It is best not to say anything that could incriminate you. Open-ended questions are particularly risky and should be met with respectful silence. You can say something like, “I am invoking my Fifth Amendment right to remain silent until given an opportunity to speak with my attorney.” Keep in mind that some questions with direct answers should be met with a response, like “What is your name?”
Also, it is important to realize that the Fifth Amendment protects everyone in the country, including criminals and undocumented immigrants. If you get stopped by Immigrations and Customs Enforcement (ICE) agents who want to grill you about why you are in the country, then you can use your inherited right to remain silent, even if you know you are in the country illegally. Not telling too much to ICE is often the first step in a successful deportation defense.
San Diego Attorney Protecting the Accused
Have you been accused of a serious crime, or of illegal immigration? Do you think you said too much to law enforcement? Or, did you say not much but now need help from a defense attorney right away?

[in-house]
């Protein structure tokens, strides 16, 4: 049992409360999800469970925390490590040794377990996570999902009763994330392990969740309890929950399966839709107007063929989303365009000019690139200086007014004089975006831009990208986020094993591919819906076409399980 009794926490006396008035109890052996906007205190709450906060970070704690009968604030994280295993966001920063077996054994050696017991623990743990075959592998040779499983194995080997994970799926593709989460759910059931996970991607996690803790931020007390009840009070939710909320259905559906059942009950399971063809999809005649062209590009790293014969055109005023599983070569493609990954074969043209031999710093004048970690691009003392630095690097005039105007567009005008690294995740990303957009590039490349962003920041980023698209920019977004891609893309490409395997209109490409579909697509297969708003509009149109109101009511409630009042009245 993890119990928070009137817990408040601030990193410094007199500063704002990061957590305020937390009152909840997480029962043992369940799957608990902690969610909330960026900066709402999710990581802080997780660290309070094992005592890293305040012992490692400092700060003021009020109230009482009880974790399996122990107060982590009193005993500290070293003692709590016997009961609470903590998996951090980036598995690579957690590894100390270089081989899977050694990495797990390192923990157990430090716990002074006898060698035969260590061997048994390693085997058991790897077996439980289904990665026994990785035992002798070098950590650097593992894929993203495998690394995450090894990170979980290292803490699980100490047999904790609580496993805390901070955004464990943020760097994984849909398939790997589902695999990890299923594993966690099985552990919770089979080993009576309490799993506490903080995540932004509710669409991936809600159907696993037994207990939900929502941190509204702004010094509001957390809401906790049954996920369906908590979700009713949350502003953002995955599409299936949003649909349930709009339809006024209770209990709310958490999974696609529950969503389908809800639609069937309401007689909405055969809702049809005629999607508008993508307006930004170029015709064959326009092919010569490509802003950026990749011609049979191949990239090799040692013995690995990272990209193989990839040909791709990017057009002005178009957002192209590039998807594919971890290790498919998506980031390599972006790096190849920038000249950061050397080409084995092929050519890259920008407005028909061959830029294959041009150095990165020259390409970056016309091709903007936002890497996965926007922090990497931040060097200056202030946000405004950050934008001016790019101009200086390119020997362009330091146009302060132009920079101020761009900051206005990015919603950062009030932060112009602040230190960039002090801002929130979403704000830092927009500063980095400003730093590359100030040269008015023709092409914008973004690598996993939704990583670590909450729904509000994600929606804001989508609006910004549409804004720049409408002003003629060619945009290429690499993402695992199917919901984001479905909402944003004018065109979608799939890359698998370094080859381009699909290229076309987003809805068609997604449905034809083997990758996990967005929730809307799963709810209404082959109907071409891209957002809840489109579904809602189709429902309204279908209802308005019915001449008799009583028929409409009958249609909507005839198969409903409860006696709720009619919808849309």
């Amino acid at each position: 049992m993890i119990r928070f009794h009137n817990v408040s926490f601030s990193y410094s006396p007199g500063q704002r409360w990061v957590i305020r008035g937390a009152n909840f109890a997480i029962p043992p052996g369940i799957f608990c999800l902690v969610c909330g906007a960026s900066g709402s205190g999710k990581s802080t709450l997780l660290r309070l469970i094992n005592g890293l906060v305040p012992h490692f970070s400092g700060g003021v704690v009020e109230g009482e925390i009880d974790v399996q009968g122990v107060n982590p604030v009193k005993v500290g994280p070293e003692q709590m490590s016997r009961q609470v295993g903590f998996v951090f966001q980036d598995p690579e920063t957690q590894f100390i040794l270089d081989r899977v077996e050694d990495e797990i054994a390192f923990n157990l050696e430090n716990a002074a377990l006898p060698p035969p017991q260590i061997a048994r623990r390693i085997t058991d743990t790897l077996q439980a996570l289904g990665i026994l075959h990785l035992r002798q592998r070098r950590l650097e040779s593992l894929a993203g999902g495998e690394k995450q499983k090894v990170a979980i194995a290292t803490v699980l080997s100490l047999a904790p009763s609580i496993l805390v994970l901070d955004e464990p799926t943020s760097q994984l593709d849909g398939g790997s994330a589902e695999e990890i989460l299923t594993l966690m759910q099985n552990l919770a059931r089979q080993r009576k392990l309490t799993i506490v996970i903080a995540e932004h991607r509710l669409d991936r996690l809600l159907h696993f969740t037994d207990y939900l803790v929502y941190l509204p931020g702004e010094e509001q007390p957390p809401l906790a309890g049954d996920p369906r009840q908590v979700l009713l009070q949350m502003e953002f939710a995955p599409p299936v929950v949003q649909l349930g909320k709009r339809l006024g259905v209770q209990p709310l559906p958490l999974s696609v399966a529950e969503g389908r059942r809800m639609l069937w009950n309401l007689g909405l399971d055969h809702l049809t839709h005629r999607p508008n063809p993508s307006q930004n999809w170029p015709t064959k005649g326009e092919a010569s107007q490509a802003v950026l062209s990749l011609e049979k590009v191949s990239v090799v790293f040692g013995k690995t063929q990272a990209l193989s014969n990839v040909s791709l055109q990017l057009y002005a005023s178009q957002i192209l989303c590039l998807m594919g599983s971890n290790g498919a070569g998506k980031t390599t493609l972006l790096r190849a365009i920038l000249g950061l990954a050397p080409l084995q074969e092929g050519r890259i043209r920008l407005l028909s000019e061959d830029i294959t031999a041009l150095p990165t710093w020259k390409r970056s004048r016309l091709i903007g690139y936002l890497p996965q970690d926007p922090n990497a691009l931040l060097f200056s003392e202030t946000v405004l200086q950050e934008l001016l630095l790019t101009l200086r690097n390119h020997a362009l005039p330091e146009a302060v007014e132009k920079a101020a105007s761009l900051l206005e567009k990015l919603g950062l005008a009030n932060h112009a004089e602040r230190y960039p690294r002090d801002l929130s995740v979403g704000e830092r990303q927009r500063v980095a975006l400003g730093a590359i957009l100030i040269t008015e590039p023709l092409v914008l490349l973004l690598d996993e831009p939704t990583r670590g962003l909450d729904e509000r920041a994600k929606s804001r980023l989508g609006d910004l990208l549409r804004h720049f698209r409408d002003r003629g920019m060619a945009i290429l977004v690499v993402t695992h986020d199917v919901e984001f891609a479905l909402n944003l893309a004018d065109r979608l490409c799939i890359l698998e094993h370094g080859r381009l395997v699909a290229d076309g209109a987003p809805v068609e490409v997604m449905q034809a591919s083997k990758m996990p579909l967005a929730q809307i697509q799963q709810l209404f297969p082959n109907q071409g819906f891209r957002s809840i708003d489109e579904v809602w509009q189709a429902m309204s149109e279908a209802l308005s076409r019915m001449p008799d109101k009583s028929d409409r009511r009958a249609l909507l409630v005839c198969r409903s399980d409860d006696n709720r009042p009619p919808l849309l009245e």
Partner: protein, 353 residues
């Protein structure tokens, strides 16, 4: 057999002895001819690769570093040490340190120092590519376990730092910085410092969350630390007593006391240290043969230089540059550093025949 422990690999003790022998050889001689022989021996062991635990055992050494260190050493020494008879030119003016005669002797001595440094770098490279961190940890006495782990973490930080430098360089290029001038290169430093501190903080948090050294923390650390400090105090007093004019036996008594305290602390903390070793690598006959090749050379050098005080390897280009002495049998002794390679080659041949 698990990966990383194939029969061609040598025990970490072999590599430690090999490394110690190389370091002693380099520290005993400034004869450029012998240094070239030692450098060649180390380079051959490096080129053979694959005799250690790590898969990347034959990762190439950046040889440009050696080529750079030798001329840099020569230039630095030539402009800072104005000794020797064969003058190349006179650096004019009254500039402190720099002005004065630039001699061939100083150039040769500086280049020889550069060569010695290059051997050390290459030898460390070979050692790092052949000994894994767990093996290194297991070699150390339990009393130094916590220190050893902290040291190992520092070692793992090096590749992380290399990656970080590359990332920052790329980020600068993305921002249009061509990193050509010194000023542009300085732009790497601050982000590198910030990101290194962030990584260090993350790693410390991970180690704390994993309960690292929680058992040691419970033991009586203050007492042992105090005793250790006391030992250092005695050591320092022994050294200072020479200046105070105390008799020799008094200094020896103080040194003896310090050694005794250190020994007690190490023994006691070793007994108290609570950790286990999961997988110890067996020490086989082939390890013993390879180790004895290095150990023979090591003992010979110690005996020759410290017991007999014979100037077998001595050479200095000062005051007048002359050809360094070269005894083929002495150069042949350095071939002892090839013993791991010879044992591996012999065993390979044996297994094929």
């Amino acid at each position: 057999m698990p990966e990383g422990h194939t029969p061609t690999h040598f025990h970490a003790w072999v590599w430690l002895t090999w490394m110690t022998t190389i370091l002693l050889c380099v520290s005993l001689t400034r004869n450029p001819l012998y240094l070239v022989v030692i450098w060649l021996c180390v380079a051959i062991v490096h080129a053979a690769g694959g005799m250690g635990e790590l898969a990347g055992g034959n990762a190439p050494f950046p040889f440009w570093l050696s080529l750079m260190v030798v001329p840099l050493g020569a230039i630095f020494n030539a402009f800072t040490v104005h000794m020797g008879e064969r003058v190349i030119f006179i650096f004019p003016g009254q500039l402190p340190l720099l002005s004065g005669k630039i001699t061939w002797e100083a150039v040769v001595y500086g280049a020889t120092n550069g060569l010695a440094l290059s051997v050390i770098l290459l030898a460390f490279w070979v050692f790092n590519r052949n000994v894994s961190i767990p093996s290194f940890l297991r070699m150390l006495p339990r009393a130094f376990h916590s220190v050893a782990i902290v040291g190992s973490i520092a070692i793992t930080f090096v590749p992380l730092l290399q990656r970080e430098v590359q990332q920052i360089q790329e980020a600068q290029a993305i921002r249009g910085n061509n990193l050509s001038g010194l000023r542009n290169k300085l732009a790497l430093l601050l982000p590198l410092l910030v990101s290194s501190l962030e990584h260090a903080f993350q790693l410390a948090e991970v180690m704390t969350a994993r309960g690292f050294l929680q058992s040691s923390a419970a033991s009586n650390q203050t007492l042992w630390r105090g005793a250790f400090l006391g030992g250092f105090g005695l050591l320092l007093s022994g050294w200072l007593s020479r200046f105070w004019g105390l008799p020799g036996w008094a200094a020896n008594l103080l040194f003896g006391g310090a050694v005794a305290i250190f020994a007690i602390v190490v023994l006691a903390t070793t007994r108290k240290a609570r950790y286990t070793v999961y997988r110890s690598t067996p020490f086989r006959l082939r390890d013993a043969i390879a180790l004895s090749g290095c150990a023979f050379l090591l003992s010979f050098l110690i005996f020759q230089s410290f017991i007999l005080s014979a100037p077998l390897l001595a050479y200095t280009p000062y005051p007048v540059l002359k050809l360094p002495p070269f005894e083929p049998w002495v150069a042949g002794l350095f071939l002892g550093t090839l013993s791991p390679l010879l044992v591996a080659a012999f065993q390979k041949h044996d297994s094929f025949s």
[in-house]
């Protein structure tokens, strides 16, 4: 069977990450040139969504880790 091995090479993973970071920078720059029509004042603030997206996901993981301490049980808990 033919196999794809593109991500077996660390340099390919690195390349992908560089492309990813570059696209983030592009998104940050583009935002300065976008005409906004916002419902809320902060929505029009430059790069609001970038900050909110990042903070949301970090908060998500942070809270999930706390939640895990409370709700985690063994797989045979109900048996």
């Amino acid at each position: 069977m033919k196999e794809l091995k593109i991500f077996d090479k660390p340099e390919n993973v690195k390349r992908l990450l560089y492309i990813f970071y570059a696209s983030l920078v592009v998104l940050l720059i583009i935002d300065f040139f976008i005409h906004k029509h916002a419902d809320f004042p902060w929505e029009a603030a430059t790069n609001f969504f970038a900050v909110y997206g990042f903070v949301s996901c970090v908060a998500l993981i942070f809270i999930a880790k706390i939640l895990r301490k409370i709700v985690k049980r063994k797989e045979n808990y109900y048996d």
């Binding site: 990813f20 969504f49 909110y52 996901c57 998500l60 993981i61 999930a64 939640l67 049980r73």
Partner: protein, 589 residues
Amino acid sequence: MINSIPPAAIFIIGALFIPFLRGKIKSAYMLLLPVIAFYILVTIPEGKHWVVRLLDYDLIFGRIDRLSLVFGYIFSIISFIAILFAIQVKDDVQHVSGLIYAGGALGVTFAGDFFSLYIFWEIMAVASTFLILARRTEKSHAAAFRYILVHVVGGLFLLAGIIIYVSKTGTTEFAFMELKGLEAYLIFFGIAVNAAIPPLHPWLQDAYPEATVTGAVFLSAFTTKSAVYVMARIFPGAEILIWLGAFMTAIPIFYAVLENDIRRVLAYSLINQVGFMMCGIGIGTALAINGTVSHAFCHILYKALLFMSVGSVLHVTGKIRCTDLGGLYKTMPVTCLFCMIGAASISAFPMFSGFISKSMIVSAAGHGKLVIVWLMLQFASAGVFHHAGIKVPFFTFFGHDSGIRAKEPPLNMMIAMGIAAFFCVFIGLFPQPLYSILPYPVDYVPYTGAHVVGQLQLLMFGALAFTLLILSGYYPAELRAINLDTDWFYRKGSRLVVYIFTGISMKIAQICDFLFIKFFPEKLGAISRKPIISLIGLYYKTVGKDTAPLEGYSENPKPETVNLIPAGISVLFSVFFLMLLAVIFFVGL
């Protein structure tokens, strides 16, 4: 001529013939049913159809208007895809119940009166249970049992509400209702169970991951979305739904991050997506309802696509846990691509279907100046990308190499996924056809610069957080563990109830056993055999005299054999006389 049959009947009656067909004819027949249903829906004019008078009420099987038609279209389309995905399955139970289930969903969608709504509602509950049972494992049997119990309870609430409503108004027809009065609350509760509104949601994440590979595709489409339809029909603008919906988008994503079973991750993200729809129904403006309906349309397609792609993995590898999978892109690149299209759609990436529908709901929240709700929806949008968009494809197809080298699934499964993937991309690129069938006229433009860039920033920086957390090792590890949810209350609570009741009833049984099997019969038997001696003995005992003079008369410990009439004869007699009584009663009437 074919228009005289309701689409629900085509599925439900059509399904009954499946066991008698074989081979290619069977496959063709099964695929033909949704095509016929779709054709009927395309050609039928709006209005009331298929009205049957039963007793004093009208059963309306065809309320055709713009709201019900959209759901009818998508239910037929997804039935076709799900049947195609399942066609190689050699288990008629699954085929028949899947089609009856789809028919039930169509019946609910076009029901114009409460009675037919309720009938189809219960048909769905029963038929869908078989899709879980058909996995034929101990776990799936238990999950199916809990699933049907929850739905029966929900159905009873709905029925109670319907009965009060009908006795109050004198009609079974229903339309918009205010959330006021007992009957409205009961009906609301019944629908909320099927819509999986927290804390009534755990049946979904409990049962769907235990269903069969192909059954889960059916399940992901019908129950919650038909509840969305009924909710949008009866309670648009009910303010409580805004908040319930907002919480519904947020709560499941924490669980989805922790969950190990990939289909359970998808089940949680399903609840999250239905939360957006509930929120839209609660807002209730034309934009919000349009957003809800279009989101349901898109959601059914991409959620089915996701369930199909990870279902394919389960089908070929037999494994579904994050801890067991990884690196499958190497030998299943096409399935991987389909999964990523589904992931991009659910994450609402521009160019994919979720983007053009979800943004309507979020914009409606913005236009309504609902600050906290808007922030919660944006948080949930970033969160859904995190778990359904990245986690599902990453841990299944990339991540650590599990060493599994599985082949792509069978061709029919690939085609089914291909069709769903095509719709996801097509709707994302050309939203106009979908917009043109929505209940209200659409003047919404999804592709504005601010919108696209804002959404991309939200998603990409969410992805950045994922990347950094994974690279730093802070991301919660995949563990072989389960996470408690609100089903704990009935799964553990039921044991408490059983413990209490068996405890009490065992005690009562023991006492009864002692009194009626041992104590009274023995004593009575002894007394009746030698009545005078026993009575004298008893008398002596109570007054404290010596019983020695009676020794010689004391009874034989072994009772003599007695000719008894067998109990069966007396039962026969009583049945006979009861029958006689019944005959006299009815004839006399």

Call (619) 332-1703 to connect with Rodriguez Law Firm in San Diego. We proudly take criminal and deportation defense cases to protect the rights of the accused in Southern California. Schedule your case evaluation to begin today!
Who is eligible for an initial DACA grant?
To be eligible for deferred action under the DACA program, you must:
- Have come to the United States before your 16th birthday.
- Lived continuously in the U.S. since either June 15, 2007.
- Have been present in the U.S. on June 15, 2012, and on every day since August 15, 2012.